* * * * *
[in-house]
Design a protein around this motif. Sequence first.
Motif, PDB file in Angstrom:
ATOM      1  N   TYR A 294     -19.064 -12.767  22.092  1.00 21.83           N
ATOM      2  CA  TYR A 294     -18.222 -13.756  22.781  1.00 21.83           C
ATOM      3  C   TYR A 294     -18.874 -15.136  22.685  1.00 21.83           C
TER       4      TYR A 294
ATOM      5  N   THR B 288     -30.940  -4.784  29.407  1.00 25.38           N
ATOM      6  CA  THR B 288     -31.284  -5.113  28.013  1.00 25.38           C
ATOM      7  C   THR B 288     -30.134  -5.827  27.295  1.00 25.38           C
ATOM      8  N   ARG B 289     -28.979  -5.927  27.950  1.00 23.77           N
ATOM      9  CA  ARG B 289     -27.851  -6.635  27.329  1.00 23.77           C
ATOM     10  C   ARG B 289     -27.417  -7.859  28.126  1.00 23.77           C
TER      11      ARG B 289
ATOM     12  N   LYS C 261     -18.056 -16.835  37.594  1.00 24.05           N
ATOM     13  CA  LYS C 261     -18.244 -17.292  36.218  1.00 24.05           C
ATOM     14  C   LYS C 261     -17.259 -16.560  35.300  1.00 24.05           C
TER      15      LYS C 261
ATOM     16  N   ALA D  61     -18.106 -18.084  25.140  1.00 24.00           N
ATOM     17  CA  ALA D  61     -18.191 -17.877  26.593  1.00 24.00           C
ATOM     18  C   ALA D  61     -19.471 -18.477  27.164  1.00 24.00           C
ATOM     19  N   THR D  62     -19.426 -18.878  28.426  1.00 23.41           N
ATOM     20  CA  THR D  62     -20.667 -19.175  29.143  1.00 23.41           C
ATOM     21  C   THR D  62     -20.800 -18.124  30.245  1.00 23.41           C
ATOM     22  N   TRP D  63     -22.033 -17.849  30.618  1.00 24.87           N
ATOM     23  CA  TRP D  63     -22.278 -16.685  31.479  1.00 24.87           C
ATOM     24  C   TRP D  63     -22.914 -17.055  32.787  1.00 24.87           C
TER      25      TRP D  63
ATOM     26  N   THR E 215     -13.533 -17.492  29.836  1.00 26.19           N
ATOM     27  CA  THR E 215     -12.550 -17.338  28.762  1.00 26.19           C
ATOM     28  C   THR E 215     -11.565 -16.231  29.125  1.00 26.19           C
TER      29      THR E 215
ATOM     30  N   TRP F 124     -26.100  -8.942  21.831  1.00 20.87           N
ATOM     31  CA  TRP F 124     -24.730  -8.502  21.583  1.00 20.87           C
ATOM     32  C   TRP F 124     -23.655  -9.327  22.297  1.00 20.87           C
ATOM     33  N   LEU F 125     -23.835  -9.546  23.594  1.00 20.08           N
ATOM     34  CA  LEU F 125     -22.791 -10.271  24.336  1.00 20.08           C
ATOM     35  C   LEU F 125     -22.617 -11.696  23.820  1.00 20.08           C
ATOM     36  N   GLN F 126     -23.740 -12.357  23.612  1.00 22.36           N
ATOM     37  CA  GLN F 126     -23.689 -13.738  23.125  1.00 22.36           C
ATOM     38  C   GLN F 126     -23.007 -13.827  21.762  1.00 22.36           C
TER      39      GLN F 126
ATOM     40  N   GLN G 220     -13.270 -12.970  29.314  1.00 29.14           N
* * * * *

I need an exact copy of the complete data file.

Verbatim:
[in-house]
Design a protein around this motif. Sequence first.
Motif, PDB file in Angstrom:
ATOM      1  N   TYR A 294     -19.064 -12.767  22.092  1.00 21.83           N
ATOM      2  CA  TYR A 294     -18.222 -13.756  22.781  1.00 21.83           C
ATOM      3  C   TYR A 294     -18.874 -15.136  22.685  1.00 21.83           C
TER       4      TYR A 294
ATOM      5  N   THR B 288     -30.940  -4.784  29.407  1.00 25.38           N
ATOM      6  CA  THR B 288     -31.284  -5.113  28.013  1.00 25.38           C
ATOM      7  C   THR B 288     -30.134  -5.827  27.295  1.00 25.38           C
ATOM      8  N   ARG B 289     -28.979  -5.927  27.950  1.00 23.77           N
ATOM      9  CA  ARG B 289     -27.851  -6.635  27.329  1.00 23.77           C
ATOM     10  C   ARG B 289     -27.417  -7.859  28.126  1.00 23.77           C
TER      11      ARG B 289
ATOM     12  N   LYS C 261     -18.056 -16.835  37.594  1.00 24.05           N
ATOM     13  CA  LYS C 261     -18.244 -17.292  36.218  1.00 24.05           C
ATOM     14  C   LYS C 261     -17.259 -16.560  35.300  1.00 24.05           C
TER      15      LYS C 261
ATOM     16  N   ALA D  61     -18.106 -18.084  25.140  1.00 24.00           N
ATOM     17  CA  ALA D  61     -18.191 -17.877  26.593  1.00 24.00           C
ATOM     18  C   ALA D  61     -19.471 -18.477  27.164  1.00 24.00           C
ATOM     19  N   THR D  62     -19.426 -18.878  28.426  1.00 23.41           N
ATOM     20  CA  THR D  62     -20.667 -19.175  29.143  1.00 23.41           C
ATOM     21  C   THR D  62     -20.800 -18.124  30.245  1.00 23.41           C
ATOM     22  N   TRP D  63     -22.033 -17.849  30.618  1.00 24.87           N
ATOM     23  CA  TRP D  63     -22.278 -16.685  31.479  1.00 24.87           C
ATOM     24  C   TRP D  63     -22.914 -17.055  32.787  1.00 24.87           C
TER      25      TRP D  63
ATOM     26  N   THR E 215     -13.533 -17.492  29.836  1.00 26.19           N
ATOM     27  CA  THR E 215     -12.550 -17.338  28.762  1.00 26.19           C
ATOM     28  C   THR E 215     -11.565 -16.231  29.125  1.00 26.19           C
TER      29      THR E 215
ATOM     30  N   TRP F 124     -26.100  -8.942  21.831  1.00 20.87           N
ATOM     31  CA  TRP F 124     -24.730  -8.502  21.583  1.00 20.87           C
ATOM     32  C   TRP F 124     -23.655  -9.327  22.297  1.00 20.87           C
ATOM     33  N   LEU F 125     -23.835  -9.546  23.594  1.00 20.08           N
ATOM     34  CA  LEU F 125     -22.791 -10.271  24.336  1.00 20.08           C
ATOM     35  C   LEU F 125     -22.617 -11.696  23.820  1.00 20.08           C
ATOM     36  N   GLN F 126     -23.740 -12.357  23.612  1.00 22.36           N
ATOM     37  CA  GLN F 126     -23.689 -13.738  23.125  1.00 22.36           C
ATOM     38  C   GLN F 126     -23.007 -13.827  21.762  1.00 22.36           C
TER      39      GLN F 126
ATOM     40  N   GLN G 220     -13.270 -12.970  29.314  1.00 29.14           N